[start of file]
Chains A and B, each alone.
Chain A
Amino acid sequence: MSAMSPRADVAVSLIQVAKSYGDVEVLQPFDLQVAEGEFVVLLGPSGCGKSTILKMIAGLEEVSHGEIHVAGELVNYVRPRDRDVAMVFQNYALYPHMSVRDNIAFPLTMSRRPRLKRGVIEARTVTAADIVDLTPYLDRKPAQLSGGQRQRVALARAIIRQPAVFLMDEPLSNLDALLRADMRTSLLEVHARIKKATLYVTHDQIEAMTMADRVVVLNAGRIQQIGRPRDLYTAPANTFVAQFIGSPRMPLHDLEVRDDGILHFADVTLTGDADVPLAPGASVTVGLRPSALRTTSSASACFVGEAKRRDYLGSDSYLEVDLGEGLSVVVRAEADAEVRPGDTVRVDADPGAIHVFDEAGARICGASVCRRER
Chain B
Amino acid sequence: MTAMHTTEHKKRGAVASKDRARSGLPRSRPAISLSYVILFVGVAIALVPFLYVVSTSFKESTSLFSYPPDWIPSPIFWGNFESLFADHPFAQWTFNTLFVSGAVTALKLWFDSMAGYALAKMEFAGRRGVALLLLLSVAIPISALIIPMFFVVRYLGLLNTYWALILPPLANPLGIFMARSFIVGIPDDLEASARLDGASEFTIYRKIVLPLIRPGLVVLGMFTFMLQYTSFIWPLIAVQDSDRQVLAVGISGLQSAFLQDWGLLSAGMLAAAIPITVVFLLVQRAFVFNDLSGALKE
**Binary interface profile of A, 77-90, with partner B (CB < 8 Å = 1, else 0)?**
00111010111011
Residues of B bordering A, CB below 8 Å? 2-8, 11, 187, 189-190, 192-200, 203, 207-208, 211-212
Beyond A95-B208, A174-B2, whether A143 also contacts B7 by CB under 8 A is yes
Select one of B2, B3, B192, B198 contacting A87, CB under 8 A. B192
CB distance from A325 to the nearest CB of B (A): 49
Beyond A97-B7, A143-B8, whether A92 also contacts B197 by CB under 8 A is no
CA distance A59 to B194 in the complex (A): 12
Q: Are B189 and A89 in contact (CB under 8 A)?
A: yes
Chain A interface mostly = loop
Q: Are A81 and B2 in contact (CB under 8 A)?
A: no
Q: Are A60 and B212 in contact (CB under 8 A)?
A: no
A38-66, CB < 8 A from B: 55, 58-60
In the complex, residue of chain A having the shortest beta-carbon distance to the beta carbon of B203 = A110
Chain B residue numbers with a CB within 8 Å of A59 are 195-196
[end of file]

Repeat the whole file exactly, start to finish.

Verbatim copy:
Chains A and B, each alone.
Chain A
Amino acid sequence: MSAMSPRADVAVSLIQVAKSYGDVEVLQPFDLQVAEGEFVVLLGPSGCGKSTILKMIAGLEEVSHGEIHVAGELVNYVRPRDRDVAMVFQNYALYPHMSVRDNIAFPLTMSRRPRLKRGVIEARTVTAADIVDLTPYLDRKPAQLSGGQRQRVALARAIIRQPAVFLMDEPLSNLDALLRADMRTSLLEVHARIKKATLYVTHDQIEAMTMADRVVVLNAGRIQQIGRPRDLYTAPANTFVAQFIGSPRMPLHDLEVRDDGILHFADVTLTGDADVPLAPGASVTVGLRPSALRTTSSASACFVGEAKRRDYLGSDSYLEVDLGEGLSVVVRAEADAEVRPGDTVRVDADPGAIHVFDEAGARICGASVCRRER
Chain B
Amino acid sequence: MTAMHTTEHKKRGAVASKDRARSGLPRSRPAISLSYVILFVGVAIALVPFLYVVSTSFKESTSLFSYPPDWIPSPIFWGNFESLFADHPFAQWTFNTLFVSGAVTALKLWFDSMAGYALAKMEFAGRRGVALLLLLSVAIPISALIIPMFFVVRYLGLLNTYWALILPPLANPLGIFMARSFIVGIPDDLEASARLDGASEFTIYRKIVLPLIRPGLVVLGMFTFMLQYTSFIWPLIAVQDSDRQVLAVGISGLQSAFLQDWGLLSAGMLAAAIPITVVFLLVQRAFVFNDLSGALKE
**Binary interface profile of A, 77-90, with partner B (CB < 8 Å = 1, else 0)?**
00111010111011
Residues of B bordering A, CB below 8 Å? 2-8, 11, 187, 189-190, 192-200, 203, 207-208, 211-212
Beyond A95-B208, A174-B2, whether A143 also contacts B7 by CB under 8 A is yes
Select one of B2, B3, B192, B198 contacting A87, CB under 8 A. B192
CB distance from A325 to the nearest CB of B (A): 49
Beyond A97-B7, A143-B8, whether A92 also contacts B197 by CB under 8 A is no
CA distance A59 to B194 in the complex (A): 12
Q: Are B189 and A89 in contact (CB under 8 A)?
A: yes
Chain A interface mostly = loop
Q: Are A81 and B2 in contact (CB under 8 A)?
A: no
Q: Are A60 and B212 in contact (CB under 8 A)?
A: no
A38-66, CB < 8 A from B: 55, 58-60
In the complex, residue of chain A having the shortest beta-carbon distance to the beta carbon of B203 = A110
Chain B residue numbers with a CB within 8 Å of A59 are 195-196